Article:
Why all the talk about recycle() – how about dispose()?

Let me start by saying that I agree that recycle() could and should be handled by the API and there are numerous ways around it. I however also think that the majority of Notes developers out there will never have the need to call recycle() in their Java agents. There is a lot of talk about recycle() this and recycle() that but let’s face it – it’s not really a problem. If ever there is a problem with the Java API it’s not recycle() it is the fact that it has been left to stagnate and that it’s not keeping up with the Java language as a whole.

All this being said I wonder why so much talk and energy is being spent on recycle() and how come it is constantly being used as a reason not to move to Java and embrace the language. Looking at other API’s there are stuff that needs to be done. In the Java API it’s recycle() (whenever it’s actually needed) and in SWT it’s dispose(). I never see any SWT discussions on the dispose() method and DisposeListeners and using it as a justification for not choosing SWT and Eclipse as the fundation for an application. You judge a framework on what it does for you and not a single method in an API. Every API and language has quirks. Deal with it!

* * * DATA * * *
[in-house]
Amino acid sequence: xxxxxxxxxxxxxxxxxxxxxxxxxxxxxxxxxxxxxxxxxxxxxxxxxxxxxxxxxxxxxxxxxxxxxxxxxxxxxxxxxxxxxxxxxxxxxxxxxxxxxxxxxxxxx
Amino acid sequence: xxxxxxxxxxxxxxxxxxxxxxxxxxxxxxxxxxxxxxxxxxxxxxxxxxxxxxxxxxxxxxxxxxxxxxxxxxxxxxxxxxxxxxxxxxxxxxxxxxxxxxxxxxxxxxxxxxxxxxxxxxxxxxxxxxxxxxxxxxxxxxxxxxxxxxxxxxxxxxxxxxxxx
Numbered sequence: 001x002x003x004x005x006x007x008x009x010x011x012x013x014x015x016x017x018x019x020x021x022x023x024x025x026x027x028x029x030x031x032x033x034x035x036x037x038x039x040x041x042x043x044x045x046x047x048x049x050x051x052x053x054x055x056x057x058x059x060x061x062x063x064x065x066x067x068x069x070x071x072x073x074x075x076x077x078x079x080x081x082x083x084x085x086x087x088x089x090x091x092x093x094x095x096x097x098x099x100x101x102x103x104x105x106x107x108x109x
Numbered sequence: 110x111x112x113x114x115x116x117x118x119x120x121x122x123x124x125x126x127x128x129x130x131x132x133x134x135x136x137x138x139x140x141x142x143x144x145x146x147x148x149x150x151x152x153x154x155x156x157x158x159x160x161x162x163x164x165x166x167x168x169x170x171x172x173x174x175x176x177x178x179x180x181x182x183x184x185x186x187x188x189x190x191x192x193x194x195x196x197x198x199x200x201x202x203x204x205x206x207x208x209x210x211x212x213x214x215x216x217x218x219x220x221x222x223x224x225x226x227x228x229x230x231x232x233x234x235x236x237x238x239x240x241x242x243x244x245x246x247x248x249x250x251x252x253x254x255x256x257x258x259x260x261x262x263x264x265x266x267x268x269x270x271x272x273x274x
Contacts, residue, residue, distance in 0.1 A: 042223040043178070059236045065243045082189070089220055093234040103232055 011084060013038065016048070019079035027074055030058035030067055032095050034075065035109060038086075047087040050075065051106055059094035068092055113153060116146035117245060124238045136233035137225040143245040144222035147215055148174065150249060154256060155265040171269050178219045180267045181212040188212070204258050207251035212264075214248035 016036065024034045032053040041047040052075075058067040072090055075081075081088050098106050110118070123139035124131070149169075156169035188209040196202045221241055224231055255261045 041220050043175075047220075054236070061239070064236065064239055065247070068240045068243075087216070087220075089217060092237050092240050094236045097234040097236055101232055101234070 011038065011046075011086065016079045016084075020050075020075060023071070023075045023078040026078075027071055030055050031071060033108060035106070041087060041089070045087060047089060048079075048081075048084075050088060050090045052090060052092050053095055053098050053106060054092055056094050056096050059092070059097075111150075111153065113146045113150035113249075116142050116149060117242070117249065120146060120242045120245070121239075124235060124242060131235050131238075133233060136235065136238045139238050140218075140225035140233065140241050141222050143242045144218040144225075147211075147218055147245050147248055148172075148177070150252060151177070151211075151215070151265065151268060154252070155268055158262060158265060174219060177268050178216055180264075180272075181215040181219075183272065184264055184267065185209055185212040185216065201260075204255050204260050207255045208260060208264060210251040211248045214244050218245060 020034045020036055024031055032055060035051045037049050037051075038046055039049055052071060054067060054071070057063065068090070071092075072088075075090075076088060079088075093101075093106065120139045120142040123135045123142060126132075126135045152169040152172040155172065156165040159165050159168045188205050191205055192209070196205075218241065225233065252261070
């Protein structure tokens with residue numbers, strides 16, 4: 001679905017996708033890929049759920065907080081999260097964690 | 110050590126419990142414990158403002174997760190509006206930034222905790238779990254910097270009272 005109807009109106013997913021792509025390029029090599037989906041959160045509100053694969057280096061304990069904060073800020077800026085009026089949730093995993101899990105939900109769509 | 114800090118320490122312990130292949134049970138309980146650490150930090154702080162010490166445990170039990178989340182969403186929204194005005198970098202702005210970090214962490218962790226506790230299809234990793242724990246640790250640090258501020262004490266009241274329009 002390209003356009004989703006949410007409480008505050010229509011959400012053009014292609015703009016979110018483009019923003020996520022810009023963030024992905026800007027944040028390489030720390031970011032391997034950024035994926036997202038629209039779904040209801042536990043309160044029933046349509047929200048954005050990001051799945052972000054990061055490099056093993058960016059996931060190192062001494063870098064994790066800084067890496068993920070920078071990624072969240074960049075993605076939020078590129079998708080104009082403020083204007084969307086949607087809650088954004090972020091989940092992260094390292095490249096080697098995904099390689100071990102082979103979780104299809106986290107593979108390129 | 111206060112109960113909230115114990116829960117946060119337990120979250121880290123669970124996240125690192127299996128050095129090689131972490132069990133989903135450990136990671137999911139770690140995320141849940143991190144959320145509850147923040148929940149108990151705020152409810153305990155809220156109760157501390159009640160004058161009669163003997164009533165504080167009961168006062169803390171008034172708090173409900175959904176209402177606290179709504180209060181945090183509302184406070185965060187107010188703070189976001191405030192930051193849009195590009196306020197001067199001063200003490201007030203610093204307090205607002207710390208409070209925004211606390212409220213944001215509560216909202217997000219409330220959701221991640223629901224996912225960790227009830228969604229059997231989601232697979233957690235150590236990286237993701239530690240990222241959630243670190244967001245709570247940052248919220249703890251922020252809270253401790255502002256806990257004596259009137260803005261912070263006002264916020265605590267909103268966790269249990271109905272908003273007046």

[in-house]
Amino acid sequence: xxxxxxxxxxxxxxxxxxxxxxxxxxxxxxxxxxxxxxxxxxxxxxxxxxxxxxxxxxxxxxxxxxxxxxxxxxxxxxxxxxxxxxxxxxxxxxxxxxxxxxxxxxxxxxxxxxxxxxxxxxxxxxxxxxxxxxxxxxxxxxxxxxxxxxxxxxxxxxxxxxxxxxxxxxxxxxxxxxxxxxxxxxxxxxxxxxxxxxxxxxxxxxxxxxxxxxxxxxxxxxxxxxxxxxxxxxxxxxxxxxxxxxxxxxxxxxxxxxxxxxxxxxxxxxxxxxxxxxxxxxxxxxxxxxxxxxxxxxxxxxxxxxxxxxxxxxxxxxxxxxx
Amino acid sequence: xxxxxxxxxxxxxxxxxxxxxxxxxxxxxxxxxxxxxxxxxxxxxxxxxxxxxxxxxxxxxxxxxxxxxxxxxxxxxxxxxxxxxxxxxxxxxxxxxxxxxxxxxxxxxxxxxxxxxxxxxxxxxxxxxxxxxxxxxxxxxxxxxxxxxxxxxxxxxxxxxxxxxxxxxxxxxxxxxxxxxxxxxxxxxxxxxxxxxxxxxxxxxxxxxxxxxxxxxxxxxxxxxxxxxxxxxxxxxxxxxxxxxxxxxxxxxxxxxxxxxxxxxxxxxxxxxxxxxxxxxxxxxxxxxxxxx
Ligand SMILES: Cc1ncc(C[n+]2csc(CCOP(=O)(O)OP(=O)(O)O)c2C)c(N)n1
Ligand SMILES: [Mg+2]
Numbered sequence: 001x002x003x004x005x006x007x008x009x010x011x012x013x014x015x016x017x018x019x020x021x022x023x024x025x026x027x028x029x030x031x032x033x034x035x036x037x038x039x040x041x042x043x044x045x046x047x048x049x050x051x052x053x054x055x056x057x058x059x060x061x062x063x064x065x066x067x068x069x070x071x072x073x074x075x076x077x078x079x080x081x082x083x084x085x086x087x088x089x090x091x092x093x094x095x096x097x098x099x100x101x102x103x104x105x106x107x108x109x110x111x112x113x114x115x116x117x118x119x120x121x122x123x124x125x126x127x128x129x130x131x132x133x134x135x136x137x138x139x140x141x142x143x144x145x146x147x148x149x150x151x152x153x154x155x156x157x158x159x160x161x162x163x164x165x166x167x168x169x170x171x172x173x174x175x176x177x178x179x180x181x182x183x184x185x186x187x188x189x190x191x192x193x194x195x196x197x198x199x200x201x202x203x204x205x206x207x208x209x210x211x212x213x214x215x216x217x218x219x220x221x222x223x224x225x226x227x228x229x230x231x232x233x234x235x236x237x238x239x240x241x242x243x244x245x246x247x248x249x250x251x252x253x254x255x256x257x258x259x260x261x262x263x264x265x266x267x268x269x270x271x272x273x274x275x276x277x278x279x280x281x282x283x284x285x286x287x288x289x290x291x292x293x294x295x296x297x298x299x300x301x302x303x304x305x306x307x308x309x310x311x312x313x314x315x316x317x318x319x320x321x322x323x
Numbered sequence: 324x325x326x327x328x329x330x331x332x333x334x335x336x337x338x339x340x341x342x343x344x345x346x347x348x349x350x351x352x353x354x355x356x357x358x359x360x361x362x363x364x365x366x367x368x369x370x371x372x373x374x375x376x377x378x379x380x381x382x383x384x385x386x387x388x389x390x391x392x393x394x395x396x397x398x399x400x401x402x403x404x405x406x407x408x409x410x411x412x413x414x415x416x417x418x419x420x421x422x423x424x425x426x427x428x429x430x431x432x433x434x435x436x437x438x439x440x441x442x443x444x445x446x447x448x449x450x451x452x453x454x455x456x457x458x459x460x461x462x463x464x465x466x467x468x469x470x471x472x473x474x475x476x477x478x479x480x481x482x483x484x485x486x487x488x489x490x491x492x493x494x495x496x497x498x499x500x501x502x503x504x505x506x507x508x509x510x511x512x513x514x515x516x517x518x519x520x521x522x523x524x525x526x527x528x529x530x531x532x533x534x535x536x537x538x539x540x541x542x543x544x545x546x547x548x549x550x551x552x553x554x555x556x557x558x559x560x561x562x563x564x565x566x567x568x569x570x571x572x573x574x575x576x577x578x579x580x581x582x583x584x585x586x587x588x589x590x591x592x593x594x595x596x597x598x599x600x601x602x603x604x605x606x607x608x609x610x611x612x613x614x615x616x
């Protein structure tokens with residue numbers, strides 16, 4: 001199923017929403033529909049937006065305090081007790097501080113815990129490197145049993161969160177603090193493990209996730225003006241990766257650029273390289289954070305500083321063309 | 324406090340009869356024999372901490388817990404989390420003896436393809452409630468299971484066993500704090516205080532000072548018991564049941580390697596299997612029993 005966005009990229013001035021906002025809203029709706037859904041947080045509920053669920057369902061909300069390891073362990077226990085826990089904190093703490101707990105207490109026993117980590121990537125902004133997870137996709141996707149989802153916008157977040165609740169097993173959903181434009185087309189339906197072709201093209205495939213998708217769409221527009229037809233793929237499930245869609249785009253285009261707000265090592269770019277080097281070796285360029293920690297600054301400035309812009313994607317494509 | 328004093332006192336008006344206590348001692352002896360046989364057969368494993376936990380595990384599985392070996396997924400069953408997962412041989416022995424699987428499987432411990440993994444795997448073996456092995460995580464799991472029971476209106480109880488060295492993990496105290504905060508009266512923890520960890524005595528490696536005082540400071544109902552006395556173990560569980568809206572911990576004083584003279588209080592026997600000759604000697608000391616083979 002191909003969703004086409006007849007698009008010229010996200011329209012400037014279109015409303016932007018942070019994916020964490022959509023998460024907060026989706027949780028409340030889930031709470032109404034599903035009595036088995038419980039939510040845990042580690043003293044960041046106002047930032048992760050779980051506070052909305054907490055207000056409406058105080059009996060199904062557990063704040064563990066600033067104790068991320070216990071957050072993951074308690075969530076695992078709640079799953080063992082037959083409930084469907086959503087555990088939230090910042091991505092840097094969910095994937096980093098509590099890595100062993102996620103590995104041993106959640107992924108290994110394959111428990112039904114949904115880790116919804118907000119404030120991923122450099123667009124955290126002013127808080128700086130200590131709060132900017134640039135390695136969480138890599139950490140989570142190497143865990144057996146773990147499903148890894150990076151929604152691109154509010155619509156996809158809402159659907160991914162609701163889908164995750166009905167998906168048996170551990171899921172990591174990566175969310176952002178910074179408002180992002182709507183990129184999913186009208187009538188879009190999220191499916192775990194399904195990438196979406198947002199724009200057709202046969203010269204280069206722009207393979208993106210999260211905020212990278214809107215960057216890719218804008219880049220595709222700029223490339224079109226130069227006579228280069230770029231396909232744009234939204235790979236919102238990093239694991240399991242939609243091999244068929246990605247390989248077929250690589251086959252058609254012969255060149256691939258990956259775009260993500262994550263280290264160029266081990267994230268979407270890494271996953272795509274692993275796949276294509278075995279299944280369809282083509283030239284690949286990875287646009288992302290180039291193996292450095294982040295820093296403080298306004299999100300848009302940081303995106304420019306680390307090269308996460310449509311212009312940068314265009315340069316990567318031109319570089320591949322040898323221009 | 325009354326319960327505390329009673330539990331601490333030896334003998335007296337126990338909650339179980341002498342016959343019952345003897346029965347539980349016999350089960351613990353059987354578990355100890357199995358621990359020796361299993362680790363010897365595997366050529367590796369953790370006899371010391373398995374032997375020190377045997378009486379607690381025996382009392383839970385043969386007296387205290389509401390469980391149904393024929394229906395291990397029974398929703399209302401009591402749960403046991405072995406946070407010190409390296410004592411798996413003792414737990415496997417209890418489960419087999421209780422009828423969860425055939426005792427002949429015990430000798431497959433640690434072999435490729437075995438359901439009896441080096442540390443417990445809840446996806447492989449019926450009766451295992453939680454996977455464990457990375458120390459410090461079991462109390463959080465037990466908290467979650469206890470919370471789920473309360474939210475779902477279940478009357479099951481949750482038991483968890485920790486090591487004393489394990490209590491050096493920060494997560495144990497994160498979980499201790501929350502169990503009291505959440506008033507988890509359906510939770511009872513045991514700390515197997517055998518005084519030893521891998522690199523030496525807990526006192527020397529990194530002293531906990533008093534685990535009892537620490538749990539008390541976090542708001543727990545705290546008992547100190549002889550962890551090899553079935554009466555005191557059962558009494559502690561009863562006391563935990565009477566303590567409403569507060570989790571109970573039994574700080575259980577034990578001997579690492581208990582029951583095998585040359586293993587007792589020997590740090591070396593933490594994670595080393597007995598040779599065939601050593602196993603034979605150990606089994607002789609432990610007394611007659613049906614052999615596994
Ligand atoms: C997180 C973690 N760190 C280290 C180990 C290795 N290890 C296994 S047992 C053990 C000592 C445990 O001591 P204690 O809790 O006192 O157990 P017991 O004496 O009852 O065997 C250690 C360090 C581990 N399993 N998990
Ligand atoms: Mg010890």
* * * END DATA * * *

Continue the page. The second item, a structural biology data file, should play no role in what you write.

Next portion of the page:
My post from 2006 (!!) has a lot more information on recycle() and why it’s there: Java in Notes/Domino Explained: The story on recycle()

5 thoughts on “Why all the talk about recycle() – how about dispose()?”

  1. So true. And people who develop in objective-c will have even more fun, e.g. when developing iPhone apps.

    In objective-c all reference counting has to be done manually. An object is disposed when the reference counter of an object goes down to zero. As long as you follow some coding conventions, that’s no problem at all.


  2. "You judge a framework on what it does for you and not a single method in an API. Every API and language has quirks. Deal with it!"

    Agree.  I think the bigger problem is the lack of material to show developers HOW and WHEN to use Java.  I think it’s a lack of knowledge that scares people from adopting these APIs.


  3. This is timely, as I’m doing quite a bit with JSF backing beans in xPages, and have noticed memory leak and am in the process of checking nits are being recycled…I guarantee you it’s my bad coding.


  4. Yes, recycle() should be behind the API. I maintain several APIs in other JVM languages that wrap the Notes API and I would really appreciate not having to deal with recycle in them or in my own Java intermediate API.

    More importantly, that the Java API "has been left to stagnate" is a crime. Have you ever shown the Notes Java API to other Java developers? I have. It’s embarrassing.

    Java 7 is now back on track for release next year. Java 5 is almost 7 years old. Yet we code against Notes.jar like it’s 1999. Criminal.


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